Original Price $7.95
CBS - SBP233729F - Heavy Hits SBP-233729 Heavy Hits Various 1969? 160465
CBS - SBP233781F - Heavy Sounds SPB-233781 Heavy Sounds Various 1970? 160809
CBS - S2BP220055F - Fill Your Head With Rock S2BP-220055 Fill Your Head With Rock Various 1970 161893
CBS - SBP233846F - More Heavy Sounds SPB-233846 More Heavy Sounds Various 1970? 161981
CBS - SCEB006F - Hit Sounds of the 70s SCEB-006 Hit Sounds of the ’70s Various 162538
CBS - S2BP220135F - 20 Years of Hits S2BP-220135 20 Years of #1 Hits Various 1973 169657
CBS - The Best of Disco - CSP 027 - Front Cover CSP 027 The Best of Disco Various 1976 178331
Lemon Popsicle - CSP 085 - Front Cover CSP 085 Lemon Popsicle Various 1978
CBS - GO1 - Go for it - Front Cover GO 1 Go For It Various 1983 202445
CBS -  Blame it on the Boogie - CSP264 - Front cover CSP 264 Blame It On The Boogie Various 1985 203911
CBS - Hits Huge - HUGE001 - Front cover HUGE 001 H’its Huge ’84 Various 1984 204660

 

Australian Record Company / CBS

CBS had its beginnings as the Australian Record Company or ARC – its official company name until 1977. ARC custom pressed many of the earlier compilations on this site, but ARC/CBS issued many of their own, mostly variations on parent company offerings…

Learn more »

ARC/CBS/Sony Notes

A Short History of ARC/CBS/Sony Records in Australia

CBS had its beginnings as the Australian Record Company or ARC – its official company name until 1977. ARC had its origins as a merger between two Sydney radio production companies around 1938 that produced 16″ transcription discs of radio serials. ARC also did custom pressings for individual artists, who like todays MySpace operations promoted and sold their own music. For a short time ARC pressed and distributed German classical 78RPM records from masters made in Germany. However the outbreak of the Second World War meant a swift end to that, with the Australian government banning all German imports. Whilst the radio transcription discs continued, the commercial music operation was moth-balled until 1949. When ARC resumed commercial releases they did so with two labels – Pacific and Rodeo. Pacific specialised in popular and jazz, whilst Rodeo concentrated on Country and Western. By 1951 ARC had the rights to two major American labels – Capitol and London. However, the Capital deal was short lived, as in March 1956 EMI took over Capital America. ARC responded by buying the rights to the CBS catalogue that was being pressed and distributed in Australia by EMI.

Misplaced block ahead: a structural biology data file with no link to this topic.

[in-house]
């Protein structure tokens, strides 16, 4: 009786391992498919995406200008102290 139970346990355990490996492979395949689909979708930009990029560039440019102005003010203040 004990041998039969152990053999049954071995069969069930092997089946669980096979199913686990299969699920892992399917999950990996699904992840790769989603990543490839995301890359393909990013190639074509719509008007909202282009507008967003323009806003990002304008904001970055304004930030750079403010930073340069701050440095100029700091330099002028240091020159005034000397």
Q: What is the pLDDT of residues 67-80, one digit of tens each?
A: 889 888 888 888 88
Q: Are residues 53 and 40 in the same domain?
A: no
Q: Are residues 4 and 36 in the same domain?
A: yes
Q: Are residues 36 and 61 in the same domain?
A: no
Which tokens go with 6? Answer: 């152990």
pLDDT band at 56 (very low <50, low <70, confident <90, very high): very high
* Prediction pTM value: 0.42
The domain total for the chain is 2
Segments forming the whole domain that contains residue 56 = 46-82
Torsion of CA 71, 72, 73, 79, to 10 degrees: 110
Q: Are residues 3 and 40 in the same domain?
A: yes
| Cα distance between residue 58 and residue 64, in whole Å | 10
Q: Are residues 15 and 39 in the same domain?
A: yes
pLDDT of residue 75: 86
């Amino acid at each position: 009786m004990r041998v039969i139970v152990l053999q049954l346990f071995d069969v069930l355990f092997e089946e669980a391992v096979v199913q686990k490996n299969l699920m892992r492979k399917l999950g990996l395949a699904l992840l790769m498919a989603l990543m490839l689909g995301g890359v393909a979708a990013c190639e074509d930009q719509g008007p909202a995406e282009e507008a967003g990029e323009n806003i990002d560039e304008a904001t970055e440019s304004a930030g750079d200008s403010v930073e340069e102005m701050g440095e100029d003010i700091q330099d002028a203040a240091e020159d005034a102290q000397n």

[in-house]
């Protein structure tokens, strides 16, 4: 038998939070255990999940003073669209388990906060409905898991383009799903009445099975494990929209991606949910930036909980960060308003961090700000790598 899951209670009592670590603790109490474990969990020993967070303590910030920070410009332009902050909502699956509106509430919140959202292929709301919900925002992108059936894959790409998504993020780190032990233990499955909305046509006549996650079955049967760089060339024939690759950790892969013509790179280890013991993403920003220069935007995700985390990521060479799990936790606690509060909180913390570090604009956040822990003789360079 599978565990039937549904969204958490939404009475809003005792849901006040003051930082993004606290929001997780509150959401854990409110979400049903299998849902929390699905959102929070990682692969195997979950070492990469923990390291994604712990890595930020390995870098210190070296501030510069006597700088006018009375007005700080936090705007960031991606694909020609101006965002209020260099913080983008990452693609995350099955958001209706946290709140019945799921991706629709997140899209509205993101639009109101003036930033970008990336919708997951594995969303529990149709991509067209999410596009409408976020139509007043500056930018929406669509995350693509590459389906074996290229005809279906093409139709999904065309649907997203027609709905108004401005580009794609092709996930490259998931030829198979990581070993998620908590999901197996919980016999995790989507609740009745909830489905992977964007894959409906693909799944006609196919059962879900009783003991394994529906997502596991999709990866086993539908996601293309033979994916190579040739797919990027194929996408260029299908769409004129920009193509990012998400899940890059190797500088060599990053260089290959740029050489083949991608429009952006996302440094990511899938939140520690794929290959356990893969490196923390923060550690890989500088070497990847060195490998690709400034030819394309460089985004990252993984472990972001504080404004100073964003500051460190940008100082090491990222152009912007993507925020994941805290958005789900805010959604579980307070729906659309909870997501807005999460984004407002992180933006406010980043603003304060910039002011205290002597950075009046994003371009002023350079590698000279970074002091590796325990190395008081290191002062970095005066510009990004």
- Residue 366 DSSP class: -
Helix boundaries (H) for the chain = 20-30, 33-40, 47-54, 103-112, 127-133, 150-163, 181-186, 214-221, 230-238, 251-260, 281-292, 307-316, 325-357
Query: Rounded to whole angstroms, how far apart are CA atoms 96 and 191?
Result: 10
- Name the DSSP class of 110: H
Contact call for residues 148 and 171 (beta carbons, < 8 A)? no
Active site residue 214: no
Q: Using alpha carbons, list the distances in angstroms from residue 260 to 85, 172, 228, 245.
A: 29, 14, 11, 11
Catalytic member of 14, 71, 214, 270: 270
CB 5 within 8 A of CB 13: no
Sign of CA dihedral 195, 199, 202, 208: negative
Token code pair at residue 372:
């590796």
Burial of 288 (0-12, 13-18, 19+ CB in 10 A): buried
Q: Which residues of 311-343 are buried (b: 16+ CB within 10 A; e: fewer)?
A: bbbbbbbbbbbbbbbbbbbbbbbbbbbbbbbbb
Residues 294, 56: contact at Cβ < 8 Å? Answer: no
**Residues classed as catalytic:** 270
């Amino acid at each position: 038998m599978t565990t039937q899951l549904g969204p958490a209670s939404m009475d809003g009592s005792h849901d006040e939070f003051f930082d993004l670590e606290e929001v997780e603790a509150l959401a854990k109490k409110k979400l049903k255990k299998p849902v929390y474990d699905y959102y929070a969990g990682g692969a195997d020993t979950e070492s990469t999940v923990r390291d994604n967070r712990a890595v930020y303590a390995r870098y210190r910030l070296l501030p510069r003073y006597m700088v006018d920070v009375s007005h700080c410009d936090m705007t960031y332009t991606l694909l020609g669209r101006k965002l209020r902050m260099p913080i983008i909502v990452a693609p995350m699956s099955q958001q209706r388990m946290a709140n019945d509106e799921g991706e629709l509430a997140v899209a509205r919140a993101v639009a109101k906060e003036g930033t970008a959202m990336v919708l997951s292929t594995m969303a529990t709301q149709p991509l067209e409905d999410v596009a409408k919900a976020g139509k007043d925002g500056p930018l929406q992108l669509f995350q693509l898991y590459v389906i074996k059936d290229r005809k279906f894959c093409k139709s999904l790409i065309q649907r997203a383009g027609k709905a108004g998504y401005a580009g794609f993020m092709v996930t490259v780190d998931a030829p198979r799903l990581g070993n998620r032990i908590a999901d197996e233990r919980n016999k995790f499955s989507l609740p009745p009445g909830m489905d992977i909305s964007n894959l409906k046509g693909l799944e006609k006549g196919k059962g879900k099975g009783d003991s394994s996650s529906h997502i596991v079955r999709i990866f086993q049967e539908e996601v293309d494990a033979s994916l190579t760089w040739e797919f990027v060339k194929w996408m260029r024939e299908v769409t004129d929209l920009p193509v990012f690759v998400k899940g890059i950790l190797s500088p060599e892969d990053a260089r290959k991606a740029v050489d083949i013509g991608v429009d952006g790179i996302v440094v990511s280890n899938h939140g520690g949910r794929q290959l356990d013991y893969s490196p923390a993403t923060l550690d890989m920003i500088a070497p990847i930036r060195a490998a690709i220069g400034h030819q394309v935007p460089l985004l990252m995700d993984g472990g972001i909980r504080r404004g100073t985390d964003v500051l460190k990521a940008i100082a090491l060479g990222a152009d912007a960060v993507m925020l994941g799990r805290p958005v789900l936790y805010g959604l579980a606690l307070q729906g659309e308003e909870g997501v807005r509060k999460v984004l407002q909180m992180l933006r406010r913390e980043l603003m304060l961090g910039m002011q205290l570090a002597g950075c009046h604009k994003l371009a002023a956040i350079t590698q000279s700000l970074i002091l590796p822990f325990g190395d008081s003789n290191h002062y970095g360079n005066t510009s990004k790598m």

EMI owned the Columbia name in Australia, so the Coronet name was used by ARC. Coronet quickly became a market leader and was also well known for the unique octagonal label on it its 45s and 12″ LPs. The concurrent release of many of the 45s on 78RPM discs lasted around two years, but production of 78s seems to have ended about 1958.